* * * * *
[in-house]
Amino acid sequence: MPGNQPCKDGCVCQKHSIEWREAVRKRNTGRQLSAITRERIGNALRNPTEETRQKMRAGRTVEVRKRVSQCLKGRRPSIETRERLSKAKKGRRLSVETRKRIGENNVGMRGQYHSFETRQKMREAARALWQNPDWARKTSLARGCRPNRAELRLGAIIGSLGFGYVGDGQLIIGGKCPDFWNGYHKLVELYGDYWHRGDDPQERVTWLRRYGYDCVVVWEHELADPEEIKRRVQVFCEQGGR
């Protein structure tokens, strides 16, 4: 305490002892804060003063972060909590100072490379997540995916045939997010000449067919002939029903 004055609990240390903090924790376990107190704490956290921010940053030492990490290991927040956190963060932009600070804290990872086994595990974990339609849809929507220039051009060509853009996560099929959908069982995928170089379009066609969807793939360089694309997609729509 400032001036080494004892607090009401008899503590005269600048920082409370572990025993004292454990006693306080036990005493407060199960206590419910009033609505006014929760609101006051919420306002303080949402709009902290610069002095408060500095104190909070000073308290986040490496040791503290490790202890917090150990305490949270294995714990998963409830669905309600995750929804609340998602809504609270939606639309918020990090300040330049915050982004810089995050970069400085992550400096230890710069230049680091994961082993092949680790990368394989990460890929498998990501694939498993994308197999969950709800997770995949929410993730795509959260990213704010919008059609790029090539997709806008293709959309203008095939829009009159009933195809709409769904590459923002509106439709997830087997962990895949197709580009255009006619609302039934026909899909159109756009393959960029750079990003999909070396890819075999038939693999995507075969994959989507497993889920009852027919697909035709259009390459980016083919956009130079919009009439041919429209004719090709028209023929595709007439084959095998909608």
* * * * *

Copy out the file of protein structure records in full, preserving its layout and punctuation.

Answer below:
[in-house]
Amino acid sequence: MPGNQPCKDGCVCQKHSIEWREAVRKRNTGRQLSAITRERIGNALRNPTEETRQKMRAGRTVEVRKRVSQCLKGRRPSIETRERLSKAKKGRRLSVETRKRIGENNVGMRGQYHSFETRQKMREAARALWQNPDWARKTSLARGCRPNRAELRLGAIIGSLGFGYVGDGQLIIGGKCPDFWNGYHKLVELYGDYWHRGDDPQERVTWLRRYGYDCVVVWEHELADPEEIKRRVQVFCEQGGR
């Protein structure tokens, strides 16, 4: 305490002892804060003063972060909590100072490379997540995916045939997010000449067919002939029903 004055609990240390903090924790376990107190704490956290921010940053030492990490290991927040956190963060932009600070804290990872086994595990974990339609849809929507220039051009060509853009996560099929959908069982995928170089379009066609969807793939360089694309997609729509 400032001036080494004892607090009401008899503590005269600048920082409370572990025993004292454990006693306080036990005493407060199960206590419910009033609505006014929760609101006051919420306002303080949402709009902290610069002095408060500095104190909070000073308290986040490496040791503290490790202890917090150990305490949270294995714990998963409830669905309600995750929804609340998602809504609270939606639309918020990090300040330049915050982004810089995050970069400085992550400096230890710069230049680091994961082993092949680790990368394989990460890929498998990501694939498993994308197999969950709800997770995949929410993730795509959260990213704010919008059609790029090539997709806008293709959309203008095939829009009159009933195809709409769904590459923002509106439709997830087997962990895949197709580009255009006619609302039934026909899909159109756009393959960029750079990003999909070396890819075999038939693999995507075969994959989507497993889920009852027919697909035709259009390459980016083919956009130079919009009439041919429209004719090709028209023929595709007439084959095998909608």